Update: the bill made it through the Assembly Transportation Committee. See good 7/29/19 Editorial and call to action here.
In Case You Missed It…
CARTOONS! For those of us who prefer pictures to words, or may be too tired to read another article, this is for you! Released 7/22/19.
THE NEW YORKER published a great article in their 7/29/19 issue titled: Was the Automotive Era a Terrible Mistake? We’ll let you read and decide for yourself. If you’ve read enough today, the option to listen, or even download the audio for later is provided through the site!
THE WASHINGTON POST reported on 7/21/19 something we already know: that “Since January 2000, more Americans have died in car crashes than did in both World Wars.” It’s an uncomfortable, but important reminder of the gravity our current car-centric system.
THE GUARDIAN published a battle cry last month entitled Carmageddon: It’s Killing Urban Life. We Must Reclaim Our Cities Before It’s Too Late. Another classic well worth a read.
Like all excellent articles we come across, these three have been added to our growing list on the Resources section of our website: CMABS.org.
WAR ON CARS podcaster and NYC safe-street advocate Aaron Gordon posted a piece just today in response to the widely-circulated New York Times article on jaywalking’s potential disruption of the automobile industry’s agenda for autonomous vehicles. The gist of the situation is that AVs depend on highly-predictable environments in order to work as intended. In other words, for AVs to really take off, activity within our public realm will need to conform to their needs (and therefore be tightly regulated).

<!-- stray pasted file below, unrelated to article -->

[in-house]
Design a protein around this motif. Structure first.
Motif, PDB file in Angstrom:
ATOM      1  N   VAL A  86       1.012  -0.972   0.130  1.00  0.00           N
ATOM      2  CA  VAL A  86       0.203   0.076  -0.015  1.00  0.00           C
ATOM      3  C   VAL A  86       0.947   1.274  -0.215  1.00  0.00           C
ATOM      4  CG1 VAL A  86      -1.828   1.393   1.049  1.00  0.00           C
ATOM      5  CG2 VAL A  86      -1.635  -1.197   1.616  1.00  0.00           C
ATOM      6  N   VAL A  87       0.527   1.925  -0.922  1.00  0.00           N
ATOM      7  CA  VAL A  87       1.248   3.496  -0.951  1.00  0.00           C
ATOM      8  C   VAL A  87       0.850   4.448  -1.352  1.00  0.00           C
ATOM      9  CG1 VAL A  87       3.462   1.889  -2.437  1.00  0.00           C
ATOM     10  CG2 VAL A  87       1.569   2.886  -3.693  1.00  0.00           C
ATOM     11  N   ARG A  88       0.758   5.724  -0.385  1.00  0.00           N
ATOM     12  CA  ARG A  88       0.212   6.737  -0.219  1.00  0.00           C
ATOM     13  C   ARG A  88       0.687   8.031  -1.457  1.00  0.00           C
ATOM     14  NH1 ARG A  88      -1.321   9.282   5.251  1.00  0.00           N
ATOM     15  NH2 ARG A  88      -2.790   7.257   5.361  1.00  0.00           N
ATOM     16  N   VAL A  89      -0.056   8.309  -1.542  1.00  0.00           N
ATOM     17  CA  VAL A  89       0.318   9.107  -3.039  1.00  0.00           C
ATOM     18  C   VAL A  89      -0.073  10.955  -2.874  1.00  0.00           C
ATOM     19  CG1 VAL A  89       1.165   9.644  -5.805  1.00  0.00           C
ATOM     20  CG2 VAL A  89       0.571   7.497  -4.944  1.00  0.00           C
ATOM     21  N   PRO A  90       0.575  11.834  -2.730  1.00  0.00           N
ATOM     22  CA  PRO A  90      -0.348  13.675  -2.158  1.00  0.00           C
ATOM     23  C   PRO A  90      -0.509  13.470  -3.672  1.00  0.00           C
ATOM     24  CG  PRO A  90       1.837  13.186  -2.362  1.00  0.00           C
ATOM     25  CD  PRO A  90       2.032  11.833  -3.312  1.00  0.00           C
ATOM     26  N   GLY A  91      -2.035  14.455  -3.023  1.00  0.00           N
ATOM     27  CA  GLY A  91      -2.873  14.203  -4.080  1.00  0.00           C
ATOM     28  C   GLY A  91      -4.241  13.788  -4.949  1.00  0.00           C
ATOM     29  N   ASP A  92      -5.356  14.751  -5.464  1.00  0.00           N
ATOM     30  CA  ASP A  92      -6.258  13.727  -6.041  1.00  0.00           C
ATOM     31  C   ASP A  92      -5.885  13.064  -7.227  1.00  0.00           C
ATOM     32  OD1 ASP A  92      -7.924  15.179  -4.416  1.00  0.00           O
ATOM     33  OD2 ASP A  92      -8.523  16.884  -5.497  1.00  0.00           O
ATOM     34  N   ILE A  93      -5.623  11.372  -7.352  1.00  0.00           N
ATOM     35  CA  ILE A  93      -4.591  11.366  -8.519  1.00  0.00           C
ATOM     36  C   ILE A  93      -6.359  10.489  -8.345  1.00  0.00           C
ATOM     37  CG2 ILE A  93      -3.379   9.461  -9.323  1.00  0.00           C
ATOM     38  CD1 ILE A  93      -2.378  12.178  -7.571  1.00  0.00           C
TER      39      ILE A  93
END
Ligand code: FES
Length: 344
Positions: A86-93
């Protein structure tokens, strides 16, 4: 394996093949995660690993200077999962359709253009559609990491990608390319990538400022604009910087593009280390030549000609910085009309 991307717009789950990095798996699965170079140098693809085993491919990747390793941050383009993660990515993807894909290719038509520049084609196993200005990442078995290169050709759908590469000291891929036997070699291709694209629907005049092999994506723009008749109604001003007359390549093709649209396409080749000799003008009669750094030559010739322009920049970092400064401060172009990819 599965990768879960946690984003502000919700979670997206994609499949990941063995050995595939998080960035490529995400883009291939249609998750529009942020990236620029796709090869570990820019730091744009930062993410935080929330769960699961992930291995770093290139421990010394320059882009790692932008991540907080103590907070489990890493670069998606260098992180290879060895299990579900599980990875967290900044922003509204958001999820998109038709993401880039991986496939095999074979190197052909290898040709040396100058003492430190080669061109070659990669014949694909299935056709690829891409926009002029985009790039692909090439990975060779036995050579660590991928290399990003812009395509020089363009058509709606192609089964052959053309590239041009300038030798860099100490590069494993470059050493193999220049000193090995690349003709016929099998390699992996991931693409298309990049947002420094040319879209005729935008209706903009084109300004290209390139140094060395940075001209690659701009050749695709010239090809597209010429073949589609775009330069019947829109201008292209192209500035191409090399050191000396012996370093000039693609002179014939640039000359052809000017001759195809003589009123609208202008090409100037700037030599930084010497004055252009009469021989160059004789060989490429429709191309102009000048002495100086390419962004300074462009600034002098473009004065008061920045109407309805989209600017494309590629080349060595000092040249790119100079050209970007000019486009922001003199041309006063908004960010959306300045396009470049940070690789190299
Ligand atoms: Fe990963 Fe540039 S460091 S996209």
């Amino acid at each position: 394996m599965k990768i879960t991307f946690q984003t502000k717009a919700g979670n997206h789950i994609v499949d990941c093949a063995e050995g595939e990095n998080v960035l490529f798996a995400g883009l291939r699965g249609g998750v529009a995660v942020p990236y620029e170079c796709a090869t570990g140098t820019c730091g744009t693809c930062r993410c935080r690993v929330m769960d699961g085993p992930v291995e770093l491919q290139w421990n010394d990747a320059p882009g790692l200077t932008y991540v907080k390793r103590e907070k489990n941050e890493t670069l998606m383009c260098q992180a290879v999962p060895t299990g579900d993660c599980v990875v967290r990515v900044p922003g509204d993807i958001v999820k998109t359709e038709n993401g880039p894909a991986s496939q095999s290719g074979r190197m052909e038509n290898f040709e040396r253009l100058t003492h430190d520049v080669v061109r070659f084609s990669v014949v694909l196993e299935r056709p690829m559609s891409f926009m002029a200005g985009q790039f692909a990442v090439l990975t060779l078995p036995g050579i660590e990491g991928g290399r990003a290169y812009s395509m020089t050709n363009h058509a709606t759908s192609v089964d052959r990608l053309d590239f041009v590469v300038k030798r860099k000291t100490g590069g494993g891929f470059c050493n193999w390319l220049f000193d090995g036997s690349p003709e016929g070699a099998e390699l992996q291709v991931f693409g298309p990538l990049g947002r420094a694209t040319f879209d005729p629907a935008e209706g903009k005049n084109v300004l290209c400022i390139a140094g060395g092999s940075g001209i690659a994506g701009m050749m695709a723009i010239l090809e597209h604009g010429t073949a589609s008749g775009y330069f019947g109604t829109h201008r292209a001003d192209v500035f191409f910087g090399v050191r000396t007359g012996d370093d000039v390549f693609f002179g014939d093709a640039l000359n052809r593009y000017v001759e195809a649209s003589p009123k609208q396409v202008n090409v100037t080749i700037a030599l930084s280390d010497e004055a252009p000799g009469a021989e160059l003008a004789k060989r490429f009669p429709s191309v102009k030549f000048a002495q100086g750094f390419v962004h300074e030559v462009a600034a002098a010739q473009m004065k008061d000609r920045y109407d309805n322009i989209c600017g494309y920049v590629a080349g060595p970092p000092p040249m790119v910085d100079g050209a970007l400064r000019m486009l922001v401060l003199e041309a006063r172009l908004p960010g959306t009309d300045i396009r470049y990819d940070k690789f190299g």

We don’t enjoy reporting on such events, but we think it’s important that we try to resist getting desensitized to the daily carnage on our streets. Below are just three events that the Daily Pilot happened to pick up on and include in their 8/1 edition.
“Pedestrian dies after being hit by truck” on Coast Highway in the Crystal Cove area.
“Police seek driver who struck pedestrian” and left the scene, on Harbor Blvd. in Fountain Valley.
“Three people extracted from vehicle after it crashes into road median” on Coast Highway in CdM.
August 18, 9am-4pm in Los Angeles: CicLAvia Open streets event “Meet the Hollywoods”.
The first public outreach meeting for the proposed Newport Blvd roadway widening is rumored to be scheduled for the end of September. Keep that in your head and stay tuned for updates.
The first public outreach meeting for the proposed Paularino Chanel bikeway improvement project is rumored to be scheduled for September. We’ll let you know more details when we hear!
Board meetings occur fourth Mondays at 7pm. Anyone is welcome to join, but they are more bureaucratic. Drop us a note if you’d like to join us.
General meetings occur third Mondays at 7pm. These meetings are when the whole group gets together to go over relevant updates in the city, discuss big ideas, and strategize about when, where, and how to act next in furthering our mission.
On Monday, August 19th we’ll meet at 7pm at the Ronnenberg Center 101 classroom ("recycling center"). As always, we'll be discussing our streets, and how we might reimagine them. We want to hear from you! Come with ideas (especially about tactical urbanism), and bring a friend.